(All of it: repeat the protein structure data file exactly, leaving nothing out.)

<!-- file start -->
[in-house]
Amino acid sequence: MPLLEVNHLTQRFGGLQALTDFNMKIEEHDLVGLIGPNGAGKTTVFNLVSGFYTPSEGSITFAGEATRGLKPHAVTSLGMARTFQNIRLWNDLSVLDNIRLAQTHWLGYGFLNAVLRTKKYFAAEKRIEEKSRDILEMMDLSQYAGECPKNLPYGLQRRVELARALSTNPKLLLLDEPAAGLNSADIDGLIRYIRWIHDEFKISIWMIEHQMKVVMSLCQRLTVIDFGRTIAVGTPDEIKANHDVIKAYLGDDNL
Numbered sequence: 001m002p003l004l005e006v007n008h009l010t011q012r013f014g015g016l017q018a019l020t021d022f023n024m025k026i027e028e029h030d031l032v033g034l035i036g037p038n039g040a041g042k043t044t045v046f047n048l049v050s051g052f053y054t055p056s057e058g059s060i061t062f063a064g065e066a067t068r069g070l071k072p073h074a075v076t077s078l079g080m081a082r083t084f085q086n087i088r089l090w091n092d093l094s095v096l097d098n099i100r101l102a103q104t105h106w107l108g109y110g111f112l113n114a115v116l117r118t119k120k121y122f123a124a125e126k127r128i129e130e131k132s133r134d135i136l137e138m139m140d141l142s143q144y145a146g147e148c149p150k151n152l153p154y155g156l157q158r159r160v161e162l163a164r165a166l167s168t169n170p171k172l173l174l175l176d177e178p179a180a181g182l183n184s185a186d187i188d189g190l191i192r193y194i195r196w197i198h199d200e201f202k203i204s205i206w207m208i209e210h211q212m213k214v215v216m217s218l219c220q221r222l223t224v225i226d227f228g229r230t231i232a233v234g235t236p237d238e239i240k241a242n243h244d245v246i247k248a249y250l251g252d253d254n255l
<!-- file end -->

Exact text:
[in-house]
Amino acid sequence: MPLLEVNHLTQRFGGLQALTDFNMKIEEHDLVGLIGPNGAGKTTVFNLVSGFYTPSEGSITFAGEATRGLKPHAVTSLGMARTFQNIRLWNDLSVLDNIRLAQTHWLGYGFLNAVLRTKKYFAAEKRIEEKSRDILEMMDLSQYAGECPKNLPYGLQRRVELARALSTNPKLLLLDEPAAGLNSADIDGLIRYIRWIHDEFKISIWMIEHQMKVVMSLCQRLTVIDFGRTIAVGTPDEIKANHDVIKAYLGDDNL
Numbered sequence: 001m002p003l004l005e006v007n008h009l010t011q012r013f014g015g016l017q018a019l020t021d022f023n024m025k026i027e028e029h030d031l032v033g034l035i036g037p038n039g040a041g042k043t044t045v046f047n048l049v050s051g052f053y054t055p056s057e058g059s060i061t062f063a064g065e066a067t068r069g070l071k072p073h074a075v076t077s078l079g080m081a082r083t084f085q086n087i088r089l090w091n092d093l094s095v096l097d098n099i100r101l102a103q104t105h106w107l108g109y110g111f112l113n114a115v116l117r118t119k120k121y122f123a124a125e126k127r128i129e130e131k132s133r134d135i136l137e138m139m140d141l142s143q144y145a146g147e148c149p150k151n152l153p154y155g156l157q158r159r160v161e162l163a164r165a166l167s168t169n170p171k172l173l174l175l176d177e178p179a180a181g182l183n184s185a186d187i188d189g190l191i192r193y194i195r196w197i198h199d200e201f202k203i204s205i206w207m208i209e210h211q212m213k214v215v216m217s218l219c220q221r222l223t224v225i226d227f228g229r230t231i232a233v234g235t236p237d238e239i240k241a242n243h244d245v246i247k248a249y250l251g252d253d254n255l